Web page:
Lessons from Disinformation

Lessons from Disinformation

Greetings, friends:
This week’s newsletter is continuing the tradition of inviting members of our community to write From The Curator’s Desk, and for this edition, I’m happy to hand it over to my colleague, Fumbua Programme Manager, Wanjiru Nguhi.

Please send your guest writing pitches for this section to chris@barazalab.com if you’re interested in being our guest curator on the newsletter, and you have something of interest to share to our community — a trend you’ve noticed or something you’d like us to think about.
~ Christine

Mis/dis-information has gotten a lot of attention in the last couple of years not because it is a new thing but because the social, economic and financial consequences have been amplified. There have been numerous efforts to train the public, advocate for more responsible use of social media and fact checking, and I don’t believe the goal is to completely eliminate lies from the world, but rather give society an opportunity to be able to tell a lie from the truth. This is important because even with the claim that there is nothing new under the sun, the way we consume information is changing. The work is done when an audience is able to tell an egg from an avocado seedling.

There are lies we don’t mind because they reveal what we are paying attention to, and they don’t have a direct bearing on the quality of our lives. I personally don’t want to live in a world without conspiracy theories, “story za jaba”, stories that begin with “you know I heard” or a world where we don’t have to ask where Kate Middleton is and what a whole princess is doing with an adobe photo editing app. That kind of mis/dis-information is good for social commentary.

But there are institutions that should not disinform the audience, particularly with regard to services and goods that directly affect our quality of life. One of these institutions is the government. We know that governments invest in disinformation and they have many reasons to do that. State sponsored disinformation reveals a number of things. First, it speaks to the administration’s competence and it’s attitude towards it’s citizens. The quality and the investment into disinformation displays the patterns and nature of impunity within that administration. State disinformation is dangerous, but when there is seemingly no thought, creativity or some intellectual investment involved means that the groups that hold the government accountable must take note of that and strategize differently.  Institutions that take time to carefully curate a narrative can or could be exposed and shamed into action.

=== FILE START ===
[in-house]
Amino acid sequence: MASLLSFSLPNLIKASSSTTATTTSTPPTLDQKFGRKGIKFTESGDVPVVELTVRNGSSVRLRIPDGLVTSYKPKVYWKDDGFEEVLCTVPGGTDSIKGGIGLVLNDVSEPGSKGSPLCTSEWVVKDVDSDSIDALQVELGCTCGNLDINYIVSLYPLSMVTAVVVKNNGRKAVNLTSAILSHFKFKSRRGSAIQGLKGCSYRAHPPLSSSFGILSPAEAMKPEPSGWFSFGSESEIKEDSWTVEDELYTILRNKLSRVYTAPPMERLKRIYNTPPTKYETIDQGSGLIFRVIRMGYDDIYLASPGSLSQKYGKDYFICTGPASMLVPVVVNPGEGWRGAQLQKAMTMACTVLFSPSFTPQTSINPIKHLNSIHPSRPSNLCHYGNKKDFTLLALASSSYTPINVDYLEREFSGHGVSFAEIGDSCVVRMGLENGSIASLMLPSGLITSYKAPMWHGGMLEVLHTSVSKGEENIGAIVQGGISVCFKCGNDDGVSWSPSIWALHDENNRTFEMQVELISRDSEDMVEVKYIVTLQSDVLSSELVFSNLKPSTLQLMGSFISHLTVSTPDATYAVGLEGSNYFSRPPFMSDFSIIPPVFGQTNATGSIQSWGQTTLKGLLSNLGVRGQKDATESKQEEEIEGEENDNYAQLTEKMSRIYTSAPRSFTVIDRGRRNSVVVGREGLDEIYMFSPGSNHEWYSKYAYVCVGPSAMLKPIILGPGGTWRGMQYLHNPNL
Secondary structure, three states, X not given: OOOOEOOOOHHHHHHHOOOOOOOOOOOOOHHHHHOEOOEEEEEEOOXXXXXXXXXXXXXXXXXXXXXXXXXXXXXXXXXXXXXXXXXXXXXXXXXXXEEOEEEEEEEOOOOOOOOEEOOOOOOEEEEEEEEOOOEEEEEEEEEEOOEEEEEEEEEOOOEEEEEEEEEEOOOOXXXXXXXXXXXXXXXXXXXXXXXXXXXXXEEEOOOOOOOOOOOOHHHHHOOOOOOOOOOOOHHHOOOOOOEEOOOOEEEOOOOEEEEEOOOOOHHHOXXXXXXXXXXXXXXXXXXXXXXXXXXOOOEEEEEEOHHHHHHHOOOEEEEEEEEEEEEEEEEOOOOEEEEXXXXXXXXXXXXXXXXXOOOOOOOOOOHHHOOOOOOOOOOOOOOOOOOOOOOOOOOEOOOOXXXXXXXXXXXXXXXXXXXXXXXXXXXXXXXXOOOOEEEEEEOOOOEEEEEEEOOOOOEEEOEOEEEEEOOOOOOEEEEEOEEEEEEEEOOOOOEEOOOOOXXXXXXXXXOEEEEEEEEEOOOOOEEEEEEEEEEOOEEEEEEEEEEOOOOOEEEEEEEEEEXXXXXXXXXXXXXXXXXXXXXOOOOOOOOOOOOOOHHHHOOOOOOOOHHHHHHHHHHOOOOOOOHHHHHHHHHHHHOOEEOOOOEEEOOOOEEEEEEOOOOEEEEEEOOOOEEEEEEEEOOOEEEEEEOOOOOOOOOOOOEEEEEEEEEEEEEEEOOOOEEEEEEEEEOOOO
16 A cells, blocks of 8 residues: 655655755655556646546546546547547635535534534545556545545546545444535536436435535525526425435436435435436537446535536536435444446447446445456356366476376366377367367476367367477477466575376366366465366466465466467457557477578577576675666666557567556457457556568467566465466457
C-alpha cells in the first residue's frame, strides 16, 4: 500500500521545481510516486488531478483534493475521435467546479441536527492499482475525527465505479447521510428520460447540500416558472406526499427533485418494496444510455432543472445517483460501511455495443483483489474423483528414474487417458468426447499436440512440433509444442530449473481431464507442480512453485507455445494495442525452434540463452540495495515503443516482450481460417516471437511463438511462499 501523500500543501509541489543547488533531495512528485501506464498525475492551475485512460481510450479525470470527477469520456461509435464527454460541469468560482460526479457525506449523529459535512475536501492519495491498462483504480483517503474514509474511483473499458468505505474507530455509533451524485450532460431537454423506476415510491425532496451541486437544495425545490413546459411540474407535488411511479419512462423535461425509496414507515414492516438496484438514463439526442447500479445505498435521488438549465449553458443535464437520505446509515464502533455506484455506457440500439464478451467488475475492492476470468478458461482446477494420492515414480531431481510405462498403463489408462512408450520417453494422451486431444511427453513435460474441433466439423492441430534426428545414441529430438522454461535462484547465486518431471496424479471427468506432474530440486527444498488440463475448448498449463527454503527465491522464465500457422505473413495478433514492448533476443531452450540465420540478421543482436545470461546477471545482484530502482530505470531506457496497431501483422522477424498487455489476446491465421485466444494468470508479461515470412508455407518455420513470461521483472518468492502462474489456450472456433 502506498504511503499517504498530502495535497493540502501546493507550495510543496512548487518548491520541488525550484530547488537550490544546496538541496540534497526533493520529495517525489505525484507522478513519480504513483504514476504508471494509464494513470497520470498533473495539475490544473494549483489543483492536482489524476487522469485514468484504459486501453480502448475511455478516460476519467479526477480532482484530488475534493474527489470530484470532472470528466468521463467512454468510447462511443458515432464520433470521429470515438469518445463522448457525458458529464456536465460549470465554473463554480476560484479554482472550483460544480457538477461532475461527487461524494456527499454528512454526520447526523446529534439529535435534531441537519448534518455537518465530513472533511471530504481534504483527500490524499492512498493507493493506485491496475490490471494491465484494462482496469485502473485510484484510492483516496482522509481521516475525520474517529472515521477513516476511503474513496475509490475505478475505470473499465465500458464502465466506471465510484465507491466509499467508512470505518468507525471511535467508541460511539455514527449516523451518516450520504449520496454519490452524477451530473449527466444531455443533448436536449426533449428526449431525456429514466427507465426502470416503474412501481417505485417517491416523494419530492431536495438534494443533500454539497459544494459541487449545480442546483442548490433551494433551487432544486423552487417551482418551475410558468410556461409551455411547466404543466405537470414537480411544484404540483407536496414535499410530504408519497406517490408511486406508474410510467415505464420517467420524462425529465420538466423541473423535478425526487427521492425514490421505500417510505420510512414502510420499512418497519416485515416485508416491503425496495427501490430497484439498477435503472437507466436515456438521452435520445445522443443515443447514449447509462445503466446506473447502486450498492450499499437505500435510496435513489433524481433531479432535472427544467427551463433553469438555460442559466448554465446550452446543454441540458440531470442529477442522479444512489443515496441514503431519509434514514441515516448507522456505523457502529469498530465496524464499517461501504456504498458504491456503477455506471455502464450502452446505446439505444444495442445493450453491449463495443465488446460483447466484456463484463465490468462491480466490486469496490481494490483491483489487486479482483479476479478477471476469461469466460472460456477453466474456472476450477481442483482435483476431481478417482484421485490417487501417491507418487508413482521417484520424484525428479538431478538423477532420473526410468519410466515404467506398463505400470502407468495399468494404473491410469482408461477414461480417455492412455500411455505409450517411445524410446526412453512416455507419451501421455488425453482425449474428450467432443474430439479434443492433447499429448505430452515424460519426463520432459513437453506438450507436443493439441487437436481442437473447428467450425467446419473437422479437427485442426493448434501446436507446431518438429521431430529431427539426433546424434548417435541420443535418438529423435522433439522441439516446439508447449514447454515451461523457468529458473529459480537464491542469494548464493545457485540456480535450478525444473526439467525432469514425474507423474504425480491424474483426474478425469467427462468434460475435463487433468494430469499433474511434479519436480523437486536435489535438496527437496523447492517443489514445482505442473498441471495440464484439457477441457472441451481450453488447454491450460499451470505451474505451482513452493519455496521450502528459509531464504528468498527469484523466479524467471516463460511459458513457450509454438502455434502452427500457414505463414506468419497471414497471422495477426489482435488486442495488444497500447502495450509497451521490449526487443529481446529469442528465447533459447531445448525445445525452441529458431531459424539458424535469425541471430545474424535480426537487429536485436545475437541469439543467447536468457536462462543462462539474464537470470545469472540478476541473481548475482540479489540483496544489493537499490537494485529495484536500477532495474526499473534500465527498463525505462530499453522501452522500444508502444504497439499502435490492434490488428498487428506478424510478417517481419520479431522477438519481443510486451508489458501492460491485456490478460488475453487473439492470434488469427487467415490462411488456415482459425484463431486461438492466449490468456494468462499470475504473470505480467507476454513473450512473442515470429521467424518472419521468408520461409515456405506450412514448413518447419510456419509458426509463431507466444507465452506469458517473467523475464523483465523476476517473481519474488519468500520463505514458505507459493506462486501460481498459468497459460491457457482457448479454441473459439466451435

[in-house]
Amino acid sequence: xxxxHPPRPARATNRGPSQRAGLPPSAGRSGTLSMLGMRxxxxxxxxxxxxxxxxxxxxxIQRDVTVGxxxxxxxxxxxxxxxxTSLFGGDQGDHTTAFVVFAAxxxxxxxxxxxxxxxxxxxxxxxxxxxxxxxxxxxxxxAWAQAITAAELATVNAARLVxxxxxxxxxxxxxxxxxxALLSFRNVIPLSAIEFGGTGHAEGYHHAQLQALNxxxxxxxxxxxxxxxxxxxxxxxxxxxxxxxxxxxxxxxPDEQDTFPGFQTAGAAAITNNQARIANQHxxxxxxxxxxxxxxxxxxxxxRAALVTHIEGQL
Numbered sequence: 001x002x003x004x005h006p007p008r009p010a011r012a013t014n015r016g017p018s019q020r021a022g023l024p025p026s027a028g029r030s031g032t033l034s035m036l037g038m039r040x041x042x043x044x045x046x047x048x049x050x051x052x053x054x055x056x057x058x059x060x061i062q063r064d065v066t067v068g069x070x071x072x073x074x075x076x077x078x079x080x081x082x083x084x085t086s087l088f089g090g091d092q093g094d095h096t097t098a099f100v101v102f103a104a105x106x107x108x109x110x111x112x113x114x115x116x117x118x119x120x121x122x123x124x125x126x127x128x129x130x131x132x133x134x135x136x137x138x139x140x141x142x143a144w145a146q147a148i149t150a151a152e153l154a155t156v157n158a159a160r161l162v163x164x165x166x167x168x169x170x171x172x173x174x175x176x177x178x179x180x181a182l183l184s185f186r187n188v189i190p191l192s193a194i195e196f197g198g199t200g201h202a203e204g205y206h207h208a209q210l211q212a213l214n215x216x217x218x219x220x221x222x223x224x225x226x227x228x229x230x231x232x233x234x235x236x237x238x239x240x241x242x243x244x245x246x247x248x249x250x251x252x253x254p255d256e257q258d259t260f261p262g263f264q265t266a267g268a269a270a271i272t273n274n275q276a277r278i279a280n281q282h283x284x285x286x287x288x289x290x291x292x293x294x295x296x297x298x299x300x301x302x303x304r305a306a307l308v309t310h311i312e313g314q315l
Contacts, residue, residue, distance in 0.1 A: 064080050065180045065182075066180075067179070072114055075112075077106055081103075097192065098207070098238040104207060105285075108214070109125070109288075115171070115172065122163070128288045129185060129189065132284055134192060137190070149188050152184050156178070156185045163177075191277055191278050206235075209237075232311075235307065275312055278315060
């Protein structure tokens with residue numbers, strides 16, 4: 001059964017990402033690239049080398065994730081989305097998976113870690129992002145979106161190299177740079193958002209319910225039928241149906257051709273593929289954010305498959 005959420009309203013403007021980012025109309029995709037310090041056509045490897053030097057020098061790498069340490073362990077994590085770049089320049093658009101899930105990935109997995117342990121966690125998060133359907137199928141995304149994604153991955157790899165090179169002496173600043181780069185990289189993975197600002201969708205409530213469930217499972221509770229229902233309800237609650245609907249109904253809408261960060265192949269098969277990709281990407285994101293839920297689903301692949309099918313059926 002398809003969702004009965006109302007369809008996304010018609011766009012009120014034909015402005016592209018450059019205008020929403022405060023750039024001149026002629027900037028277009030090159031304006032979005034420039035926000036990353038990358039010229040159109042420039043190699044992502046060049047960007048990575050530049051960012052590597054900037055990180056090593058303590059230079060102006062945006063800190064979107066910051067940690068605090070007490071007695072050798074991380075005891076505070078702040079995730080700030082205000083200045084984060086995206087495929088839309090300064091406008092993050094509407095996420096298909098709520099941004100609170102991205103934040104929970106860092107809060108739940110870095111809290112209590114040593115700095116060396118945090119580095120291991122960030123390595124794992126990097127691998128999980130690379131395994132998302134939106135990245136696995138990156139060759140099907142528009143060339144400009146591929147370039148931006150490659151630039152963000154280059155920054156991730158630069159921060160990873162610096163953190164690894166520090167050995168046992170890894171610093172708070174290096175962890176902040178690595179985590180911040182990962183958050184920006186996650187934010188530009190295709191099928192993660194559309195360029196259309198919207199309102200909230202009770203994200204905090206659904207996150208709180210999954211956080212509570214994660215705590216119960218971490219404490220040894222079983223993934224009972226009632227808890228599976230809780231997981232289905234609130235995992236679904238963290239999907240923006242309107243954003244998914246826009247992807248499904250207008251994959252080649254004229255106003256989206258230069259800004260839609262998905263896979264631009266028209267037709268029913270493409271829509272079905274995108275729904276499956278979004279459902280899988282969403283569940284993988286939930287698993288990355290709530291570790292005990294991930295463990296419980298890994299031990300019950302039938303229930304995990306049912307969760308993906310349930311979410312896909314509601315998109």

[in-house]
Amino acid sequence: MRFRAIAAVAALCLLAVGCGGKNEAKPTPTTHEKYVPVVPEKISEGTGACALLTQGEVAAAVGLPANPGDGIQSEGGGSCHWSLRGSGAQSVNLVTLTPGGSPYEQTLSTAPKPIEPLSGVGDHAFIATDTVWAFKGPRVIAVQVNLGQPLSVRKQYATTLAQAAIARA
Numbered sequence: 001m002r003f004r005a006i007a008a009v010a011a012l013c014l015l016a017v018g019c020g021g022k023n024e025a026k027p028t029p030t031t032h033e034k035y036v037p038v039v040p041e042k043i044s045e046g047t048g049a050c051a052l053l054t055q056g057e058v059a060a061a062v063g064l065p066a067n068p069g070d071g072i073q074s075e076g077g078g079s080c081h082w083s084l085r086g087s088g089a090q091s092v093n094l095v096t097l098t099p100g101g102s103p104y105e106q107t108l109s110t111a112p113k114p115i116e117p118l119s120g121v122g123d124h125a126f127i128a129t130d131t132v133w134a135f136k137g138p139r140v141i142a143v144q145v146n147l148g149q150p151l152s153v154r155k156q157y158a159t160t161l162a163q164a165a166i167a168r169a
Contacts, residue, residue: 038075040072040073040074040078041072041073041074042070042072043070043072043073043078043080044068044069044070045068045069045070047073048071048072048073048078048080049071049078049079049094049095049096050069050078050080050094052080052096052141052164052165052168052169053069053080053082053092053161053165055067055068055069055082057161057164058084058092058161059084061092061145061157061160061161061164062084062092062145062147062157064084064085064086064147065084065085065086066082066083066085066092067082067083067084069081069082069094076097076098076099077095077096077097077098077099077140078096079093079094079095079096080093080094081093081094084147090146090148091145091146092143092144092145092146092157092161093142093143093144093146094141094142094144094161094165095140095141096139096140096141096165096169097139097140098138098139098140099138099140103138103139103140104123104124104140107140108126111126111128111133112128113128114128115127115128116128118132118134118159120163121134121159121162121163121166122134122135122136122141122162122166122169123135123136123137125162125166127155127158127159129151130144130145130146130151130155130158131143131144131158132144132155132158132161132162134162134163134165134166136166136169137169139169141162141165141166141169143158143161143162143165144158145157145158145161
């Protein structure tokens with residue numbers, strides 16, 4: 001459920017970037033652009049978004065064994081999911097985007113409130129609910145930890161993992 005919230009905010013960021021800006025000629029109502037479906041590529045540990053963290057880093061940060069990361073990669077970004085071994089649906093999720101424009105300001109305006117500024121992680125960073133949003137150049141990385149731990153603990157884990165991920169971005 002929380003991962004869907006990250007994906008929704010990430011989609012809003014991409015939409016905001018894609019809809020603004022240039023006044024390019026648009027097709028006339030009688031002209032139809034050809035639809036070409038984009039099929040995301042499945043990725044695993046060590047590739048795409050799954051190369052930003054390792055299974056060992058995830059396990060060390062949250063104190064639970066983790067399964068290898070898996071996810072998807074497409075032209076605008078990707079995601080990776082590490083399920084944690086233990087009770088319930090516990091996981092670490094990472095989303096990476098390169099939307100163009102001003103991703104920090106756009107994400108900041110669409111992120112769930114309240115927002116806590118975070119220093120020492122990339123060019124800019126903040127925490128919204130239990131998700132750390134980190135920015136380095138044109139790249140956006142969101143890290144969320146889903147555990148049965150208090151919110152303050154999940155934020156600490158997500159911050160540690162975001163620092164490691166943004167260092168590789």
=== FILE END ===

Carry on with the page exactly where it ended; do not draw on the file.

State-sponsored disinformation also sheds some insights into an administration’s priorities, and areas it will not be investing in. The time and energy spent in actively disinforming citizens would have actually been put into working on projects that don’t need a disinformation campaign. If a state claims to have allocated a certain amount of money in a health project when it really hasn’t, then that should be an indication that the particular project will not be done. The caveat here would be if an administration is promoting a narrative to buy time. But should this be the case, it will be seen in the quality of the narrative.

In light of all this, seeing that state-sponsored disinformation can be some sort of roadmap, it would be important for us to decentre these narratives so that we are not distracted by them, and instead focus on the question: “what do we deserve?” This will mean not focussing too much on the manifesto, but making the constitution the supreme manifesto moving forward. It will also mean co-creating different collaborative strategies and supporting the “lone” voices and institutions that are pushing back, and reminding us of the things we truly deserve as citizens.

In the meantime, here’s: 

What I’m Reading: Finding Me, an Oprah’s Bookclub Pick memoir by EGOT winner and powerhouse actress Viola Davis.
What I’m Watching: I’m getting my nostalgic fix from Young Sheldon on Netflix. This show is a prequel to the legendary Big Bang Theory, taking us through the early days of Sheldon Cooper navigating life as a genius in a small town.
What I’m Listening to: I’m listening to the soulful sounds of singer-songwriter Jacob Banks on Spotify. The title of his narrative album Village, is based on the phrase “It takes a village to raise a child”, and the storytelling draws on Banks’ experiences growing up between Nigeria and the UK.

My Best,
Wanjiru Nguhi.


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